Eat those white vegetables?
We've always been told that eating colorful foods has many health benefits. And no, I'm not talking about artificially colored candies or chips, but instead fresh fruits and vegetables. Many produce rich in color contains nutrient packed pigments and antioxidants that provide energy and other benefits to our bodies. Consequently, it is recommended that we have three to five servings of fruits and vegetables every day.
But what about white foods? Some nutritionists urge us to stay away from white bread breads, rice and pastas, but what about white produce? There are potatoes, garlic, onions, mushrooms, cauliflower, onions, turnips and kohlrabi just to name a few. Are these white fruits and vegetables just as nutritious?
Well according to a new study, authors are exploring the state of nutrition science on white vegetables, especially potatoes, in supporting a healthy, well-balanced diet.
According to the study, potatoes and other white vegetables are just as important to a healthy diet as their colorful cousins. Although green, red and orange veggies are often promoted as top nutrient sources, white vegetables are nutrient powerhouses in their own right and deserve a place on your plate.
"It's recommended that the variety of fruits and vegetables consumed daily should include dark green and orange vegetables, but no such recommendation exists for white vegetables, even though they are rich in fiber, potassium and magnesium," says the supplement's editor Connie Weaver, PhD, distinguished professor of nutrition science at Purdue University. "Overall, Americans are not eating enough vegetables, and promoting white vegetables, some of which are common and affordable, may be a pathway to increasing vegetable consumption in general."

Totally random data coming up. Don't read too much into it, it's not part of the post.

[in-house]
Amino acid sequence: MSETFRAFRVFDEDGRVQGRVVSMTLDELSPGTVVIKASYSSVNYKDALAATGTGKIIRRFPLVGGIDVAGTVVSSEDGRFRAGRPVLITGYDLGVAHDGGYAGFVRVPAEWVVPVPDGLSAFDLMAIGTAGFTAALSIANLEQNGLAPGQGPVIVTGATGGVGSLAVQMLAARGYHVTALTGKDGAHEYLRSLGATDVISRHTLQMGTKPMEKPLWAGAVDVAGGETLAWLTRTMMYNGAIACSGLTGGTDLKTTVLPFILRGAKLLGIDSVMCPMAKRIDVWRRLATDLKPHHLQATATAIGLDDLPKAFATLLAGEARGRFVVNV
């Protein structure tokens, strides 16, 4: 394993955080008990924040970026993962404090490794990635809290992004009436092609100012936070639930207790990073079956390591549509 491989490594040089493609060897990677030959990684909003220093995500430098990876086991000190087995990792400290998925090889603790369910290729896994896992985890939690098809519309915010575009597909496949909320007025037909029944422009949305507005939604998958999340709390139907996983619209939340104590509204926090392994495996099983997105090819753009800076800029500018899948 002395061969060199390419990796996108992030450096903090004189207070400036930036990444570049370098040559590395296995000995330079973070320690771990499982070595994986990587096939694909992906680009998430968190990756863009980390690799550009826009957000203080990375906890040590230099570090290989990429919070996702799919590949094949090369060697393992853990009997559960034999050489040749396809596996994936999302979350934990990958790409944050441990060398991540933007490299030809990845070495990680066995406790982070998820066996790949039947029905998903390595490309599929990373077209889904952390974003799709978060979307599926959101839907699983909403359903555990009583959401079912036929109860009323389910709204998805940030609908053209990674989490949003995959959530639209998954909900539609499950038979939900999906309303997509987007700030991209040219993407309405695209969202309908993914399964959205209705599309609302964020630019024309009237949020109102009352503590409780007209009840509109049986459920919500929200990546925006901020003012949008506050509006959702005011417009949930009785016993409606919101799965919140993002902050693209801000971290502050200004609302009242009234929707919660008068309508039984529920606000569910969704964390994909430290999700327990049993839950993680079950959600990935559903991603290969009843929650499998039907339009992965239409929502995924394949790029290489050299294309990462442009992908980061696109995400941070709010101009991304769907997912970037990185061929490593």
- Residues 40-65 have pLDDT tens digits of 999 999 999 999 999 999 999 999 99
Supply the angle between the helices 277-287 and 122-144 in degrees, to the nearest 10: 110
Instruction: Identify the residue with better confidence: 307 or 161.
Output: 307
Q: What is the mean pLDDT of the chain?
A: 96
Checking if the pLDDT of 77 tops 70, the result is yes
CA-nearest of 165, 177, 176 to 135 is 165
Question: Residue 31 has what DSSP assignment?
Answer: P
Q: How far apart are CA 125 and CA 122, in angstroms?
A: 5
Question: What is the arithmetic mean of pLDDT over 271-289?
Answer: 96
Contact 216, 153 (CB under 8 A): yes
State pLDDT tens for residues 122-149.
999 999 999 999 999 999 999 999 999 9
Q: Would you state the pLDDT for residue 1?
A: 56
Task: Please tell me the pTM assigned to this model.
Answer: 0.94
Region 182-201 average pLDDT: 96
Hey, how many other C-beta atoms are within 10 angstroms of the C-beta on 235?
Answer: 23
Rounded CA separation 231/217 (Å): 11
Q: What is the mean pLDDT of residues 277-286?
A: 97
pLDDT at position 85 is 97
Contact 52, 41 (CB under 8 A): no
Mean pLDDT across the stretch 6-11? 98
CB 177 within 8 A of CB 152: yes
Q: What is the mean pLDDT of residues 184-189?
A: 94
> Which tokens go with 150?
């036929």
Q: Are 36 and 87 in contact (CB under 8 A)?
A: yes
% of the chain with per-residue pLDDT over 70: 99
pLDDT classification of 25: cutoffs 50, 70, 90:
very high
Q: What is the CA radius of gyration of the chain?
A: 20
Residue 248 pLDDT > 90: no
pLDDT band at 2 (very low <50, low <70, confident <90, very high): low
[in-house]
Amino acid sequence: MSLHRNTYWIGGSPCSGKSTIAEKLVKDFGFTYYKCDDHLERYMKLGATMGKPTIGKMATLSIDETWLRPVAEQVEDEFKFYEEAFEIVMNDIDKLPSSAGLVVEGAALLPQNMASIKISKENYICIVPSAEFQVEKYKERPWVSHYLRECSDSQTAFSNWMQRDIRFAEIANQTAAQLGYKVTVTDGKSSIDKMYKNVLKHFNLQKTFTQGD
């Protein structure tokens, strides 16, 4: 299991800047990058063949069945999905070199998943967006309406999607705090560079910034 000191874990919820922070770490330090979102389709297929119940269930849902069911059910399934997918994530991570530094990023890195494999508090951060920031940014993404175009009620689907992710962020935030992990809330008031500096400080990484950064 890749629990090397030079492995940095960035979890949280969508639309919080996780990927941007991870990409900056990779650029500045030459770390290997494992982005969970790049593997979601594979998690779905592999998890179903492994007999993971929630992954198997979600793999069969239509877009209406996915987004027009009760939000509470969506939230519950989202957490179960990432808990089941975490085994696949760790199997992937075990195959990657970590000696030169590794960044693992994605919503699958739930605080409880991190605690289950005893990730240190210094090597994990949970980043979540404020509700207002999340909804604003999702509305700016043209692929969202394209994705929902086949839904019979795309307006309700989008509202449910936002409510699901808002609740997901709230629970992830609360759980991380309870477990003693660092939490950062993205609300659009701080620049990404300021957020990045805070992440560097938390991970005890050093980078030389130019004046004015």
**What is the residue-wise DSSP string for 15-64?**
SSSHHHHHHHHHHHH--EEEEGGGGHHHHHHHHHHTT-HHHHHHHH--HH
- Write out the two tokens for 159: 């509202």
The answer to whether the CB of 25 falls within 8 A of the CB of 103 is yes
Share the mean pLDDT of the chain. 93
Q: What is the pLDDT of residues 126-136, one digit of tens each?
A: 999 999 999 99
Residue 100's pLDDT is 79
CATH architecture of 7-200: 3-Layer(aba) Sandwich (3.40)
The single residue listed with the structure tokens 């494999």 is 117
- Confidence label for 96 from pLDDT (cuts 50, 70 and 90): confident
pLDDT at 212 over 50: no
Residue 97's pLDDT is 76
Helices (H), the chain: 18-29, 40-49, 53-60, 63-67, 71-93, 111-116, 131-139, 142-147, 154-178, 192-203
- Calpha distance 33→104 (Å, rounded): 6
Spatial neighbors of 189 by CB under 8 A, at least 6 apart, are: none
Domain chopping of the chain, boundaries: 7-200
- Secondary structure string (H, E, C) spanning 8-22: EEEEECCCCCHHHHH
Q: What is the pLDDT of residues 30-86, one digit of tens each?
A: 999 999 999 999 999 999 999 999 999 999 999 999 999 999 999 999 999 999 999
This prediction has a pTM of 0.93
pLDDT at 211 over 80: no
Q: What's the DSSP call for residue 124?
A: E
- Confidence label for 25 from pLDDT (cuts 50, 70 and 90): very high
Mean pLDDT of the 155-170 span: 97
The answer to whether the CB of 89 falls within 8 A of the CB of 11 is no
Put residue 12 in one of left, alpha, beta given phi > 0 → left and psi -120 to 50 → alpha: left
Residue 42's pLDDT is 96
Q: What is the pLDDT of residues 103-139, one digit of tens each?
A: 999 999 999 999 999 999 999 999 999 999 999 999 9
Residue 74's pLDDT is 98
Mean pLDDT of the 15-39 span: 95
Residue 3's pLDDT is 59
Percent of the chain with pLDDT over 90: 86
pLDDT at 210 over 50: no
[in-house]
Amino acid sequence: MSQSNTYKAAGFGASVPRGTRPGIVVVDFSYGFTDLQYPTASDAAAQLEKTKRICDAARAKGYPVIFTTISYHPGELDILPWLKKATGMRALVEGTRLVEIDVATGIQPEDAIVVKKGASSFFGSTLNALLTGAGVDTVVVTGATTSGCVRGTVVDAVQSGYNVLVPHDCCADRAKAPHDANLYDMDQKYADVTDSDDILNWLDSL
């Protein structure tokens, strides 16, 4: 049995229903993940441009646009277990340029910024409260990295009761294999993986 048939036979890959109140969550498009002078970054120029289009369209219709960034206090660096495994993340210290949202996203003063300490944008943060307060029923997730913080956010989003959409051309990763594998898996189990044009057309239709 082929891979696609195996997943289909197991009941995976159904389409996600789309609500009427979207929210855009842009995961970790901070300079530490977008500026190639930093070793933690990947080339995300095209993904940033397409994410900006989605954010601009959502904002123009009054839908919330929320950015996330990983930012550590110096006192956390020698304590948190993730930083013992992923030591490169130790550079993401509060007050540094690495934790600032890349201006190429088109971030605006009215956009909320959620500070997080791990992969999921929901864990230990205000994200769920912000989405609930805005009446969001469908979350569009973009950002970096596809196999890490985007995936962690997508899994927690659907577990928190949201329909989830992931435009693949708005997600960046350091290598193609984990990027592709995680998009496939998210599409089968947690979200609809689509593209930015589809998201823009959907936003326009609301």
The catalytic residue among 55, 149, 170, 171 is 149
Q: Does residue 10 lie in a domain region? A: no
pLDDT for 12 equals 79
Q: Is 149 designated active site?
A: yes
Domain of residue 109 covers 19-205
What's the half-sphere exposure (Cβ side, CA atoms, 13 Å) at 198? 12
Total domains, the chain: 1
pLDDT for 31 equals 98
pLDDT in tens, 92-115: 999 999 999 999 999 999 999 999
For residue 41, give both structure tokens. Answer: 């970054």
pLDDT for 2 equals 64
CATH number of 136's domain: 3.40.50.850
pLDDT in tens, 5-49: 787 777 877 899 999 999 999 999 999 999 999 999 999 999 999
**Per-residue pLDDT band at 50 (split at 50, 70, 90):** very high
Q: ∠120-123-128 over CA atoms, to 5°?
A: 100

The authors identify evidence that demonstrates how the inclusion of white vegetables can increase intake of shortfall nutrients, notably fiber, potassium and magnesium, as well as help increase overall vegetable consumption among children, teens and adults in the U.S. Some of the report’s key findings are:
- Color does not necessarily predict nutritive value of a vegetable. In fact, white vegetables, including nutrient-dense potatoes, contribute important amounts of essential shortfall nutrients to the American diet across all age groups.
- Vegetable intake, including consumption of starchy vegetables like potatoes, is about half of what is recommended by the 2010 Dietary Guidelines for Americans.
- Improvements in cooking oils, coatings, preparation methods and processing technologies are enhancing the nutritional profile of the white potato in all forms, making an already healthy package even healthier.
The Advances in Nutrition supplement, "White Vegetables: A Forgotten Source of Nutrients," was published last week by the American Society for Nutrition.
See more at EurkAlert.
Potato image via Shutterstock.